The National Health Laboratory Service (NHLS) CEO, Dr Karmani Chetty, said the institution is working around the clock to reduce the backlog of COVID-19 test samples.
While the backlog of unprocessed specimens was as high as 101 000 on 21 May 2020, Chetty told members of the health committees in the National Assembly and the National Council of Provinces that the number has gradually gone down and that as of Wednesday, the backlog stood at 63 244.
Unprocessed specimens are samples that are older than three days after being registered at a laboratory without being tested.
Briefing the committees on Wednesday, Chetty said the laboratory service had a very difficult time dealing with the backlog during May.
“It has been a very difficult period because the number of samples we were getting on a daily basis was increasing rapidly… but as you can see, we have been processing those backlogs down and as we stand now, it has been 63 000 but we have been improving on that dramatically,” she said.
Chetty said the NHLS has prioritised the Western Cape in tackling the backlog of unprocessed COVID-19 samples because of its high positivity rate.
She said that in the Western Cape, the laboratory service has reduced the backlog from 18 000 at the end of May, and that the backlog currently stood at 3 727 on Wednesday.
“As a result, we have been giving them extra kits for them to reduce the backlog,” she said.
Chetty said the laboratory service was also prioritising testing for high risk individuals.
“What we have done is we have testing priorities where we have prioritised testing for those with a medical need and clinical diagnosis, testing for high risk individuals, testing of critical frontline workers,” she said.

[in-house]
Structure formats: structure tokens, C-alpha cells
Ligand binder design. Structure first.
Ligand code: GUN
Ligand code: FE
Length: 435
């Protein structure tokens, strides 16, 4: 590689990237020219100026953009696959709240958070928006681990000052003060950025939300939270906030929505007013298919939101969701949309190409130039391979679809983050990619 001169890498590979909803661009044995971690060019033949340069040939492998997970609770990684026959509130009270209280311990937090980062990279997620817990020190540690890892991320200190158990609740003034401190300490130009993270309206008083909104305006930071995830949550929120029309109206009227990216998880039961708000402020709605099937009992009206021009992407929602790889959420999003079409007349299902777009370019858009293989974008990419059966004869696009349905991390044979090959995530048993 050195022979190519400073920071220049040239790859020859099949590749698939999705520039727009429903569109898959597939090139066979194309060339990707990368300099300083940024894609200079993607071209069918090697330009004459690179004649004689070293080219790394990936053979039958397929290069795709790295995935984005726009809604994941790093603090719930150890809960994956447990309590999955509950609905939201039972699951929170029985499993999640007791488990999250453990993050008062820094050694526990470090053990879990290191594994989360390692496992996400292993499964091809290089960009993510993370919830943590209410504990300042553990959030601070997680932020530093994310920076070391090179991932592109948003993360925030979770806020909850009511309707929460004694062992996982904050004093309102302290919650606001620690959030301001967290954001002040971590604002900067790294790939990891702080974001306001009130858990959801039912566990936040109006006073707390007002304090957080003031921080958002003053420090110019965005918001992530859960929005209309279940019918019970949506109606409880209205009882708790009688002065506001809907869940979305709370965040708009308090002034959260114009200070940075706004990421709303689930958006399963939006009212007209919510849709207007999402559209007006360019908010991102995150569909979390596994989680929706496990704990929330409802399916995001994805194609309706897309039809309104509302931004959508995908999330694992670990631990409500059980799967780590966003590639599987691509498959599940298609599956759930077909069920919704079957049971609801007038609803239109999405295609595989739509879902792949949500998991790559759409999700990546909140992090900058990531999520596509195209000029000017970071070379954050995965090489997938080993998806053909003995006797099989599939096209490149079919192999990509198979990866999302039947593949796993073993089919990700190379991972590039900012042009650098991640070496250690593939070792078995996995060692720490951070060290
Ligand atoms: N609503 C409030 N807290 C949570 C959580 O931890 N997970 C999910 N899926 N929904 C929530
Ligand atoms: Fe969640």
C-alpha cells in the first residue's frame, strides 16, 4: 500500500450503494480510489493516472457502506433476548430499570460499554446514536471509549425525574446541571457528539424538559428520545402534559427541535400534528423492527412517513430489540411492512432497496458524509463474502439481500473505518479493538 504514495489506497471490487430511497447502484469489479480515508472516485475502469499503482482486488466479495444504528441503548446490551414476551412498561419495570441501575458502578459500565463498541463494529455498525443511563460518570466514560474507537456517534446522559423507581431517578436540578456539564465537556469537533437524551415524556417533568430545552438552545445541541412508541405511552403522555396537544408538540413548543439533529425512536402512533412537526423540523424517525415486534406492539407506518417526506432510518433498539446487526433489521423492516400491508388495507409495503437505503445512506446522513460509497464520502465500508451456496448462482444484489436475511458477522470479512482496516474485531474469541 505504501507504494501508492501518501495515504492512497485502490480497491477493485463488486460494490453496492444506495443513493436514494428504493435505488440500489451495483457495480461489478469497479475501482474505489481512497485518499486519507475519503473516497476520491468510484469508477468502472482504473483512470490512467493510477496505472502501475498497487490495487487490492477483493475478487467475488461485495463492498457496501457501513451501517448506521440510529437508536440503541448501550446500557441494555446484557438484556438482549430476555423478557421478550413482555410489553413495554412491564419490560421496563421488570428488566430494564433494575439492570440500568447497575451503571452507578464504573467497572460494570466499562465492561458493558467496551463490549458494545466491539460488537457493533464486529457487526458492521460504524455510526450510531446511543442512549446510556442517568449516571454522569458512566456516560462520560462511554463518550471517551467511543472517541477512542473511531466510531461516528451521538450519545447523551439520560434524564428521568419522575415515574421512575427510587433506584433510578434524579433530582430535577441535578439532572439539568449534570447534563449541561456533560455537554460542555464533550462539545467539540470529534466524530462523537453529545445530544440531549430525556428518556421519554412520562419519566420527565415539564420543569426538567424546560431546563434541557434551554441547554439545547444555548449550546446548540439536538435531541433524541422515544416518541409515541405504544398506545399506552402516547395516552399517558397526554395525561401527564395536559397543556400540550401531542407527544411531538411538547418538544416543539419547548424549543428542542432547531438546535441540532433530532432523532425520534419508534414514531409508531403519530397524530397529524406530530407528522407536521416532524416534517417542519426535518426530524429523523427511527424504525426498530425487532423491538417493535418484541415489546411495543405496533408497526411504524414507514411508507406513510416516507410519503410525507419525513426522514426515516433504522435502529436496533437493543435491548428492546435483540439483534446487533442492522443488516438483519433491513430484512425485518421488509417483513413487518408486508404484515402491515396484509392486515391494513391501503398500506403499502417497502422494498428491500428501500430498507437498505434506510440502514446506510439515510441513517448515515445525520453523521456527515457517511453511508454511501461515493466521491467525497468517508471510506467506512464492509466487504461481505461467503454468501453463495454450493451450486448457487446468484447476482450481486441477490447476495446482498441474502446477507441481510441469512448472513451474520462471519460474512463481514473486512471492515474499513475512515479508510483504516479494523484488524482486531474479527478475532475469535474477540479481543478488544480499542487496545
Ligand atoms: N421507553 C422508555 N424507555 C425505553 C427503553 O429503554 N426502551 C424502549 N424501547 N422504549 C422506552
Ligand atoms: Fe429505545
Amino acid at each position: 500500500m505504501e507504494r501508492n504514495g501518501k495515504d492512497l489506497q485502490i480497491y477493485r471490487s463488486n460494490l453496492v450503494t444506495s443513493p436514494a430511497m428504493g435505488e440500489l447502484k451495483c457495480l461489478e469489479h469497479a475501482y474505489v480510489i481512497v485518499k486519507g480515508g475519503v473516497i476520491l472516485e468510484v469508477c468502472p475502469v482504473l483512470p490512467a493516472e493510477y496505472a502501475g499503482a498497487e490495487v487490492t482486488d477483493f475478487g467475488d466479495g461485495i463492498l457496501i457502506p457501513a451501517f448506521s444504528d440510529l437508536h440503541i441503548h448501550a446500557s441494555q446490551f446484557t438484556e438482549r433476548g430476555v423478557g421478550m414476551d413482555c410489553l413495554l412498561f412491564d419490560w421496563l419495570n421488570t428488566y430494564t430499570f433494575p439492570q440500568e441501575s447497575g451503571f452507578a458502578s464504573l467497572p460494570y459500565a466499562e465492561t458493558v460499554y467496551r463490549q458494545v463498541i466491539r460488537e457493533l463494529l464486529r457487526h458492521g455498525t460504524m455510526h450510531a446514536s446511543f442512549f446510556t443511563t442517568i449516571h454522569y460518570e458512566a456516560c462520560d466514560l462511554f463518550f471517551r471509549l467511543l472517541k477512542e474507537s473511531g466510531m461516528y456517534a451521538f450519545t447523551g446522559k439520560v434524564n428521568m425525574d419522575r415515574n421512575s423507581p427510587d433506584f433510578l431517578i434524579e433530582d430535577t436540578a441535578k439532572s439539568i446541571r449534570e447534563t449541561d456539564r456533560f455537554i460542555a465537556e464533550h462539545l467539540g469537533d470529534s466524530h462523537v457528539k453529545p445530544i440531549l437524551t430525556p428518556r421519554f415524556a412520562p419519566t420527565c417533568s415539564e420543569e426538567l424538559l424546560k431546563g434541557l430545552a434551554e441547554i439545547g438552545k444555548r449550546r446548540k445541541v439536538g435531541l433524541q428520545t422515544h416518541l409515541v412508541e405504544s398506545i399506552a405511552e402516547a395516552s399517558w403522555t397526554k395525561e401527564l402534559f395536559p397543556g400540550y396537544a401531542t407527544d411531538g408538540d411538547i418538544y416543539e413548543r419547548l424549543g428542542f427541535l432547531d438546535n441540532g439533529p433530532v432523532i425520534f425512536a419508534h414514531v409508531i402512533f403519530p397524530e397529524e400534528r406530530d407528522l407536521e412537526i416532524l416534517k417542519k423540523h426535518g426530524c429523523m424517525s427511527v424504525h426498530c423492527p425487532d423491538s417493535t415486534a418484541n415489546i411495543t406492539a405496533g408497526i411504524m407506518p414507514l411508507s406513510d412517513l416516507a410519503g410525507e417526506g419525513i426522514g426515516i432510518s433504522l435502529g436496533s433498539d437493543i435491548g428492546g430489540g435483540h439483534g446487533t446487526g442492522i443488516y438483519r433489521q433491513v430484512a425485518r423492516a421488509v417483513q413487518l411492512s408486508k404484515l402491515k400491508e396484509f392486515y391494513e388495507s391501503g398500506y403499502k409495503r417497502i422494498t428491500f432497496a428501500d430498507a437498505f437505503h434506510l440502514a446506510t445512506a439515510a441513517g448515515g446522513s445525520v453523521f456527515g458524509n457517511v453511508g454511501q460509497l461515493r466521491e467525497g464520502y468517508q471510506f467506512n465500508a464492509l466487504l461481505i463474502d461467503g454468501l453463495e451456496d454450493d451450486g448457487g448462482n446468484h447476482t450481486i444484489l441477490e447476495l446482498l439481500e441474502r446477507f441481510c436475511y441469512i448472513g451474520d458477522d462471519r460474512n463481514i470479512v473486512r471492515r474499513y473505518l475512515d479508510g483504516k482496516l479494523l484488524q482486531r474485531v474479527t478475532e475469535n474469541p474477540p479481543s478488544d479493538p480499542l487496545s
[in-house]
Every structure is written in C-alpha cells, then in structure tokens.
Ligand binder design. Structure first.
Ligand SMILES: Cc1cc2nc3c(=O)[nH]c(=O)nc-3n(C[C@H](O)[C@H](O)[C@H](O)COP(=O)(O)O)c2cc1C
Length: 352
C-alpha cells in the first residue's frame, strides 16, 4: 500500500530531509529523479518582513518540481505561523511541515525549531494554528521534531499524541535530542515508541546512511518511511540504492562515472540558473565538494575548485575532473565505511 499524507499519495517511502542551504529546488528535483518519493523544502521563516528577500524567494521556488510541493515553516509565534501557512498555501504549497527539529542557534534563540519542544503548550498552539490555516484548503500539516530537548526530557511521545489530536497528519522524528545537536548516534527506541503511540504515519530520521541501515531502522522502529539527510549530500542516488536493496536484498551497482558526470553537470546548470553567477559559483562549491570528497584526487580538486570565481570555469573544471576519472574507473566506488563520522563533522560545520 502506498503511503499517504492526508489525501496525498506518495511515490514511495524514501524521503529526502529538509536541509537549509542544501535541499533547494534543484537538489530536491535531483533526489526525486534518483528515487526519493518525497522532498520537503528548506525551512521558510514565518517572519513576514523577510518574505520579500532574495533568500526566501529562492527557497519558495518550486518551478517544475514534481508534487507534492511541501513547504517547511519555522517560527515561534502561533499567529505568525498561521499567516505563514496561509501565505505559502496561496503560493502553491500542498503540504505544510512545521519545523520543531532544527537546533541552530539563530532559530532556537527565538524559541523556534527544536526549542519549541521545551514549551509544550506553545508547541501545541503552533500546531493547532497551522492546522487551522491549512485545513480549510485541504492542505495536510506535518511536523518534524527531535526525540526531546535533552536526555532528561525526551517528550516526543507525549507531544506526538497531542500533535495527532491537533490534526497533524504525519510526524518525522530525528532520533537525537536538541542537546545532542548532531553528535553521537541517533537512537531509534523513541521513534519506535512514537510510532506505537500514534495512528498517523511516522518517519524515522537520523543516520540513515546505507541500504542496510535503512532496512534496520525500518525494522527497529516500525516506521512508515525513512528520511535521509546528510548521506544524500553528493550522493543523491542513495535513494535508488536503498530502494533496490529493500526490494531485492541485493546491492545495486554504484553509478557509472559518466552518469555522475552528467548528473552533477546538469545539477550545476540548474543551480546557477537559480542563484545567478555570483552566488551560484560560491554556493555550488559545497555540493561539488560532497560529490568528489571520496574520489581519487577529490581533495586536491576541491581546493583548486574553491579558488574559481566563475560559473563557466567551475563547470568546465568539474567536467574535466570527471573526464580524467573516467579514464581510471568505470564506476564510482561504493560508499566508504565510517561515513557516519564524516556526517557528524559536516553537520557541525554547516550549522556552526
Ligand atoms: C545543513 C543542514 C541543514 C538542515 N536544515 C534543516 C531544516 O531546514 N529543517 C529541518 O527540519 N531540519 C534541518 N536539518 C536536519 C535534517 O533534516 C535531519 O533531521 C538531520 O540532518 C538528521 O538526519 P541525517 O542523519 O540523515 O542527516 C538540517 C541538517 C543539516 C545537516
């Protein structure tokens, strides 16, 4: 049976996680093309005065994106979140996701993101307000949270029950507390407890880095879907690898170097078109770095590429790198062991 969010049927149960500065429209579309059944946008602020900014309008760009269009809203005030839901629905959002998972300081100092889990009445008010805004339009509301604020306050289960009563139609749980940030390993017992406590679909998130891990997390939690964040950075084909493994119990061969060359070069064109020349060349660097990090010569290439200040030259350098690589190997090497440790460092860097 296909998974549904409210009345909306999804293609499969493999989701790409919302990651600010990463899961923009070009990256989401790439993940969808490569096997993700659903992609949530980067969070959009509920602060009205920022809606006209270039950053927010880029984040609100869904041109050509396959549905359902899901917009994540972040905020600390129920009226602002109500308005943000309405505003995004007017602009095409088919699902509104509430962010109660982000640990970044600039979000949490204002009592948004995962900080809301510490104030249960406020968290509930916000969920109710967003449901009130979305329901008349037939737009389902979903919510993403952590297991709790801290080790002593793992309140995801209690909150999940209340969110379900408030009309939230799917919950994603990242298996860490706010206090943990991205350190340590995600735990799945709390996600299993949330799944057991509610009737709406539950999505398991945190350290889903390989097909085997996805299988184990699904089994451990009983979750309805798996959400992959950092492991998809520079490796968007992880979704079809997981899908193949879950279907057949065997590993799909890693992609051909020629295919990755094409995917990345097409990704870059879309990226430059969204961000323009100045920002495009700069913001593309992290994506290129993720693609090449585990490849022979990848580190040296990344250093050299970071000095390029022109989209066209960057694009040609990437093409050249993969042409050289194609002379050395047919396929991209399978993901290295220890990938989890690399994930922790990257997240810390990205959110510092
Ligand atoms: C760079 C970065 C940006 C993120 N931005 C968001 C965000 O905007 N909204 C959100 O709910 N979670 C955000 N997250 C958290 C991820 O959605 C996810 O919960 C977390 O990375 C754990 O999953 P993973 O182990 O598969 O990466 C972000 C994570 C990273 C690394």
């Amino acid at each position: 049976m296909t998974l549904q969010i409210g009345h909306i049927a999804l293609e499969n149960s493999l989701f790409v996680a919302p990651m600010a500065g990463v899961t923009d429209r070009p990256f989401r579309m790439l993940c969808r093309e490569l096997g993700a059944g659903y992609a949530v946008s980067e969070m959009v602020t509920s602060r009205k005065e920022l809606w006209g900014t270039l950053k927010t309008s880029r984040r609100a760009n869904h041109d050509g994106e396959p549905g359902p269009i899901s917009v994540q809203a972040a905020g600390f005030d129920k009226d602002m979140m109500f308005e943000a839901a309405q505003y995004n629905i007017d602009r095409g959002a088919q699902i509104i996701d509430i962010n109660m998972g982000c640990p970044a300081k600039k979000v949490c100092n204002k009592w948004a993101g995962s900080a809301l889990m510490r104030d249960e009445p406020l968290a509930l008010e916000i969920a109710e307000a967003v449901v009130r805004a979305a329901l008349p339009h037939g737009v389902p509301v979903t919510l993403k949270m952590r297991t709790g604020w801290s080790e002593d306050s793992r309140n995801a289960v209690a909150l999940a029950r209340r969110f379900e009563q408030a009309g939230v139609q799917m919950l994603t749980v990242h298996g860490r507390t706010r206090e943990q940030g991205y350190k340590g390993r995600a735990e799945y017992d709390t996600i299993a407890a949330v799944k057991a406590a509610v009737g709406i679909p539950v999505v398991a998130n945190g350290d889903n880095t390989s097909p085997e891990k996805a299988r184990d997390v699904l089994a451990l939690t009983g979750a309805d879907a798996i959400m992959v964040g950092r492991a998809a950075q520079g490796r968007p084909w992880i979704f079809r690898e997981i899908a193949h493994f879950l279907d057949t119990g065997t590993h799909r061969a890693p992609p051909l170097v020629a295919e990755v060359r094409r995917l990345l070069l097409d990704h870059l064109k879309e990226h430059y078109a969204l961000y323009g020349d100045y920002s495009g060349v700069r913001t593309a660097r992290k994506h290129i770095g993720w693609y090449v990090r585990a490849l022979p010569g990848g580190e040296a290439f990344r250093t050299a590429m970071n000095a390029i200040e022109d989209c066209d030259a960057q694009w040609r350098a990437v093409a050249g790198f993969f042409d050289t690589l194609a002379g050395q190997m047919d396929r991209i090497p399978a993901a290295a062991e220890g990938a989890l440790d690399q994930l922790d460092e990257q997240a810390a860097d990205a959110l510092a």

She said the backlog has mainly been in community screening and that the in-hospital patients who are at risk are prioritised so that the backlog does not impact on them.
Chetty said experts have been working towards increasing the number of extraction equipment.
She said the NHLS was also looking at a more targeted and focused testing and also looking at using rapid diagnostic tests. She said type of rapid diagnostic test allows for a blood sample to be put into a machine to check for anti-bodies.
Meanwhile, the laboratory service has upscaled its capacity at a national level in a short space of time to provide significant number of tests on a weekly basis.
“We are trying to improve our capacity to ensure that we are able to meet that demand.
“We have grouped together the provinces of the Western Cape and the Eastern Cape as priority ones because as you can see, the positivity rate is quite high in these provinces,” she said